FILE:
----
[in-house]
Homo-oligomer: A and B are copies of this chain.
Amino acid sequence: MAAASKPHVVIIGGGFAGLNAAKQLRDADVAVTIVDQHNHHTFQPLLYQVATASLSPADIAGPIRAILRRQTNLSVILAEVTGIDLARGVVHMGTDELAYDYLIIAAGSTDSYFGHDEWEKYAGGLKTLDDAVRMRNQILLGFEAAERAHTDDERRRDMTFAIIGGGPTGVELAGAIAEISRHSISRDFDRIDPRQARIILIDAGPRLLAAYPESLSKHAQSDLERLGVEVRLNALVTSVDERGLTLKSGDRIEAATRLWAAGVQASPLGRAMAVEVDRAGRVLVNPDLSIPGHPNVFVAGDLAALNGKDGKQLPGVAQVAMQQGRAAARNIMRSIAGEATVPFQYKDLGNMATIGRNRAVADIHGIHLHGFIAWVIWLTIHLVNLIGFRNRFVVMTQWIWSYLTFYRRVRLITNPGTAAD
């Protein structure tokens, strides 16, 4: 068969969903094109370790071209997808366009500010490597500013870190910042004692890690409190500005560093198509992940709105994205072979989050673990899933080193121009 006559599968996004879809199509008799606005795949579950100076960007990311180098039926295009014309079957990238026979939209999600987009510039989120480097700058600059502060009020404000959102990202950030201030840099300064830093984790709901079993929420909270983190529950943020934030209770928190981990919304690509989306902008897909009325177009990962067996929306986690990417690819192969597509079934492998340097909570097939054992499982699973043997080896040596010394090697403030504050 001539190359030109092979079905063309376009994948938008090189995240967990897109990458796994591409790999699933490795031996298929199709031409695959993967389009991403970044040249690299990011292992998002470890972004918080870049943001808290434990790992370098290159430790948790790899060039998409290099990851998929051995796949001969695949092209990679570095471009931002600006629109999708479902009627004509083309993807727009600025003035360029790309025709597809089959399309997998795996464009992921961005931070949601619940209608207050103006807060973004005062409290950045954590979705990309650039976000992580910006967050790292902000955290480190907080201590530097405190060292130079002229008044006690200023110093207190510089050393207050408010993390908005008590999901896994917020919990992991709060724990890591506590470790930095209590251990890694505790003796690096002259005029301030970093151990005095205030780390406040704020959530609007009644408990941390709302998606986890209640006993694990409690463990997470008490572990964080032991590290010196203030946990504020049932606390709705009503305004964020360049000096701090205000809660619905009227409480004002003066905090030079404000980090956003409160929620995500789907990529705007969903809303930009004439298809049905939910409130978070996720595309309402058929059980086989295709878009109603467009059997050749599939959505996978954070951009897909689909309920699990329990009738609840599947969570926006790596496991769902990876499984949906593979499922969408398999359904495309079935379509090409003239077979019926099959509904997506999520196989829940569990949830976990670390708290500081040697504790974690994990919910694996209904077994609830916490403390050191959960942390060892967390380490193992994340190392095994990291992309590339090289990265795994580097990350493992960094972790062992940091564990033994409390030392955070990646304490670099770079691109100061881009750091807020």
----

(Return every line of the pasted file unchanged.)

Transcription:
[in-house]
Homo-oligomer: A and B are copies of this chain.
Amino acid sequence: MAAASKPHVVIIGGGFAGLNAAKQLRDADVAVTIVDQHNHHTFQPLLYQVATASLSPADIAGPIRAILRRQTNLSVILAEVTGIDLARGVVHMGTDELAYDYLIIAAGSTDSYFGHDEWEKYAGGLKTLDDAVRMRNQILLGFEAAERAHTDDERRRDMTFAIIGGGPTGVELAGAIAEISRHSISRDFDRIDPRQARIILIDAGPRLLAAYPESLSKHAQSDLERLGVEVRLNALVTSVDERGLTLKSGDRIEAATRLWAAGVQASPLGRAMAVEVDRAGRVLVNPDLSIPGHPNVFVAGDLAALNGKDGKQLPGVAQVAMQQGRAAARNIMRSIAGEATVPFQYKDLGNMATIGRNRAVADIHGIHLHGFIAWVIWLTIHLVNLIGFRNRFVVMTQWIWSYLTFYRRVRLITNPGTAAD
């Protein structure tokens, strides 16, 4: 068969969903094109370790071209997808366009500010490597500013870190910042004692890690409190500005560093198509992940709105994205072979989050673990899933080193121009 006559599968996004879809199509008799606005795949579950100076960007990311180098039926295009014309079957990238026979939209999600987009510039989120480097700058600059502060009020404000959102990202950030201030840099300064830093984790709901079993929420909270983190529950943020934030209770928190981990919304690509989306902008897909009325177009990962067996929306986690990417690819192969597509079934492998340097909570097939054992499982699973043997080896040596010394090697403030504050 001539190359030109092979079905063309376009994948938008090189995240967990897109990458796994591409790999699933490795031996298929199709031409695959993967389009991403970044040249690299990011292992998002470890972004918080870049943001808290434990790992370098290159430790948790790899060039998409290099990851998929051995796949001969695949092209990679570095471009931002600006629109999708479902009627004509083309993807727009600025003035360029790309025709597809089959399309997998795996464009992921961005931070949601619940209608207050103006807060973004005062409290950045954590979705990309650039976000992580910006967050790292902000955290480190907080201590530097405190060292130079002229008044006690200023110093207190510089050393207050408010993390908005008590999901896994917020919990992991709060724990890591506590470790930095209590251990890694505790003796690096002259005029301030970093151990005095205030780390406040704020959530609007009644408990941390709302998606986890209640006993694990409690463990997470008490572990964080032991590290010196203030946990504020049932606390709705009503305004964020360049000096701090205000809660619905009227409480004002003066905090030079404000980090956003409160929620995500789907990529705007969903809303930009004439298809049905939910409130978070996720595309309402058929059980086989295709878009109603467009059997050749599939959505996978954070951009897909689909309920699990329990009738609840599947969570926006790596496991769902990876499984949906593979499922969408398999359904495309079935379509090409003239077979019926099959509904997506999520196989829940569990949830976990670390708290500081040697504790974690994990919910694996209904077994609830916490403390050191959960942390060892967390380490193992994340190392095994990291992309590339090289990265795994580097990350493992960094972790062992940091564990033994409390030392955070990646304490670099770079691109100061881009750091807020």